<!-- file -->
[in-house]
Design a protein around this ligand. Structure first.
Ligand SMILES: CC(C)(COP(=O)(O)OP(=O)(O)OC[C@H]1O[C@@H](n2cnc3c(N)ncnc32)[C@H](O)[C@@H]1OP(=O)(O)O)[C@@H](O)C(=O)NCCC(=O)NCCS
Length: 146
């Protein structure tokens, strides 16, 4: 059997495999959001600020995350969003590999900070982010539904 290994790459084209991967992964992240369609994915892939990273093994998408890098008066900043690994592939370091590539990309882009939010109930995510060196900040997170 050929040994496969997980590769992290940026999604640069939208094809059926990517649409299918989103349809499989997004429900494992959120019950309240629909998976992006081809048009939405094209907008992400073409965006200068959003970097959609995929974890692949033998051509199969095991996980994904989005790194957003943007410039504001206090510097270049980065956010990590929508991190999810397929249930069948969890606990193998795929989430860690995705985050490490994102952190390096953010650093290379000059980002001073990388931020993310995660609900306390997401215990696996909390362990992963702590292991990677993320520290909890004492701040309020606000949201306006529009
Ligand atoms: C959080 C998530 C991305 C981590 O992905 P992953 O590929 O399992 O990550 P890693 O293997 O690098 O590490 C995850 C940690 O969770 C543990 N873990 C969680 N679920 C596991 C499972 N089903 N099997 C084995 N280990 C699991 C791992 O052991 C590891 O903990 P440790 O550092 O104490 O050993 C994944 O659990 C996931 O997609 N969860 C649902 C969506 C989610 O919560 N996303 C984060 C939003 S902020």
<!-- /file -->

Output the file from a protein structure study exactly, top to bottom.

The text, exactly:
[in-house]
Design a protein around this ligand. Structure first.
Ligand SMILES: CC(C)(COP(=O)(O)OP(=O)(O)OC[C@H]1O[C@@H](n2cnc3c(N)ncnc32)[C@H](O)[C@@H]1OP(=O)(O)O)[C@@H](O)C(=O)NCCC(=O)NCCS
Length: 146
């Protein structure tokens, strides 16, 4: 059997495999959001600020995350969003590999900070982010539904 290994790459084209991967992964992240369609994915892939990273093994998408890098008066900043690994592939370091590539990309882009939010109930995510060196900040997170 050929040994496969997980590769992290940026999604640069939208094809059926990517649409299918989103349809499989997004429900494992959120019950309240629909998976992006081809048009939405094209907008992400073409965006200068959003970097959609995929974890692949033998051509199969095991996980994904989005790194957003943007410039504001206090510097270049980065956010990590929508991190999810397929249930069948969890606990193998795929989430860690995705985050490490994102952190390096953010650093290379000059980002001073990388931020993310995660609900306390997401215990696996909390362990992963702590292991990677993320520290909890004492701040309020606000949201306006529009
Ligand atoms: C959080 C998530 C991305 C981590 O992905 P992953 O590929 O399992 O990550 P890693 O293997 O690098 O590490 C995850 C940690 O969770 C543990 N873990 C969680 N679920 C596991 C499972 N089903 N099997 C084995 N280990 C699991 C791992 O052991 C590891 O903990 P440790 O550092 O104490 O050993 C994944 O659990 C996931 O997609 N969860 C649902 C969506 C989610 O919560 N996303 C984060 C939003 S902020």